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    This is a paper that was written specifically for westside (and haidut) :
    Is a Calorie Really a Calorie? Metabolic Advantage of Low-Carbohydrate Diets
    "
    Introduction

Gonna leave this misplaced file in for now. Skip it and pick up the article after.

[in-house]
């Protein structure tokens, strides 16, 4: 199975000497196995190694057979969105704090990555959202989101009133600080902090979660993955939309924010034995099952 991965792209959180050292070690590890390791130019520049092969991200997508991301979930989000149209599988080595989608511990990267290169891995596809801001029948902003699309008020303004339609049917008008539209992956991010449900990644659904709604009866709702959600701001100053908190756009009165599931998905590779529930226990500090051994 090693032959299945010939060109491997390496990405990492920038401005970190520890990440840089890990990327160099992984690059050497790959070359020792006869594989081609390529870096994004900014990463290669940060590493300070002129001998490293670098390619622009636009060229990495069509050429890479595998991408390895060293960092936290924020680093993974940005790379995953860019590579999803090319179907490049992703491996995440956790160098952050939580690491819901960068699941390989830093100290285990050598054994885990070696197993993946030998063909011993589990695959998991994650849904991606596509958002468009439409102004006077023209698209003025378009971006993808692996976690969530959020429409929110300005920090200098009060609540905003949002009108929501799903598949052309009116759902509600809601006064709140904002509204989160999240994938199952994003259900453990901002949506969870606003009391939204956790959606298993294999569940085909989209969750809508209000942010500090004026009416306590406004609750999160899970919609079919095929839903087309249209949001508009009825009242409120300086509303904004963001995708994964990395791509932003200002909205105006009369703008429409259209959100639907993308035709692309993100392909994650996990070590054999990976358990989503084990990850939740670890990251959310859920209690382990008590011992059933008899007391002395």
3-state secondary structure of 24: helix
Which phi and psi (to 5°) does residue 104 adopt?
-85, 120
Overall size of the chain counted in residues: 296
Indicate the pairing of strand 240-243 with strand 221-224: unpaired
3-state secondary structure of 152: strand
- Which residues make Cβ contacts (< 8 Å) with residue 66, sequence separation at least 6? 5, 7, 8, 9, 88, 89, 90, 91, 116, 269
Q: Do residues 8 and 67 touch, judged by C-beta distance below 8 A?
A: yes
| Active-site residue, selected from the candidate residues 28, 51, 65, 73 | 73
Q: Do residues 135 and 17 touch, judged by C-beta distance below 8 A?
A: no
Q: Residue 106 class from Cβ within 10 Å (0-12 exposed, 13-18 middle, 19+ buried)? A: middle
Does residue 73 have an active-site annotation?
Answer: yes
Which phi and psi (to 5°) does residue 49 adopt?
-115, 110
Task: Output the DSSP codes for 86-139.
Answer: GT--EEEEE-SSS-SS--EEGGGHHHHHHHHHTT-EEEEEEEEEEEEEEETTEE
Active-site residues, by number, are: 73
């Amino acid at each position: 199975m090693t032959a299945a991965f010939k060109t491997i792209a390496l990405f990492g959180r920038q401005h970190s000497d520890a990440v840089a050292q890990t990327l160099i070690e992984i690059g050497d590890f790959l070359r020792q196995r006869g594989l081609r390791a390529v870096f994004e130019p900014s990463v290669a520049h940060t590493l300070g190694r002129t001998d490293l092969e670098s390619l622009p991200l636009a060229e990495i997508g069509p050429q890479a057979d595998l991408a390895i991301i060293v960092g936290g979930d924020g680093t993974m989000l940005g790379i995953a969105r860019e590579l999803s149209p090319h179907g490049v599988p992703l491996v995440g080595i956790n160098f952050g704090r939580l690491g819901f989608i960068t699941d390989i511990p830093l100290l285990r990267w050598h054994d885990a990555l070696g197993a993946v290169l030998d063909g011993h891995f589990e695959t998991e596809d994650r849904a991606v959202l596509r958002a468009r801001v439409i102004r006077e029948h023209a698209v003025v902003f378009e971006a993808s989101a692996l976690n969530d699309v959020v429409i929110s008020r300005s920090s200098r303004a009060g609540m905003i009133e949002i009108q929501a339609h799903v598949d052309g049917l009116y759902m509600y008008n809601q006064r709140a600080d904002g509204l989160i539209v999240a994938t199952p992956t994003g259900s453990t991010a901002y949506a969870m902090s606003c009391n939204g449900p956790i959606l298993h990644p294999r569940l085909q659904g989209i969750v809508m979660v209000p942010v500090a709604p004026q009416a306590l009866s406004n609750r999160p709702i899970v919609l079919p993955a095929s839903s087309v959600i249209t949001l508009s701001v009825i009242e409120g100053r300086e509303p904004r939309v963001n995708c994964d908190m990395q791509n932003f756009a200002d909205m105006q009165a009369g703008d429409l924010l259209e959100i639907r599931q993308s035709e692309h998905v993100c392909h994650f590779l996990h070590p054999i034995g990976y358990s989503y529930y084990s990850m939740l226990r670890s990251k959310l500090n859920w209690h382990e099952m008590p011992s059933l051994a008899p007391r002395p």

Obesity results from an excess of energy intake over energy expenditure. If the obese individual wants to lose weight, then the solution is extremely simple: energy expenditure must exceed energy intake for a suitable length of time. Obviously, this message is simple in principle, but very difficult to put into practice. Indeed, more than half of the adult population must now be classified as overweight or obese in the USA. It has been suggested that low-fat diets promote fat loss, but Willett and Leibel concluded that fat consumption within the range of 18 to 40 percent energy appears to have little if any effect on body fatness [1]. Thus, they felt that diets high in fat do not appear to be the primary cause of obesity, and reductions in fat will not be the solution. Similarly, the recent Cochrane review concluded that fat-restricted diets are no better than calorie restricted diets in achieving long-term weight loss in overweight or obese people [2]. In fact, participants lost slightly more weight on the control diets. Thus, in reality were low-fat weight loss diets to be marketed according to the laws governing the pharmaceutical industry, they would not pass scrutiny, as they have not been shown to be more effective than control diets. Consequently, progressive scientists and health care professionals are beginning to question the wisdom of recommending the low-fat diets for weight loss. For example, Weinberg suggested that low-fat/high-carbohydrate diets may well have played an unintended role in the current epidemics of obesity, lipid abnormalities, type II diabetes and metabolic syndromes [3]. The popularity of the low-carbohydrate weight loss diets is unquestionable. This review examines the science behind the "metabolic advantage" (i.e., a greater weight loss/fat loss compared to isocaloric high-carbohydrate diet) of low-carbohydrate diets.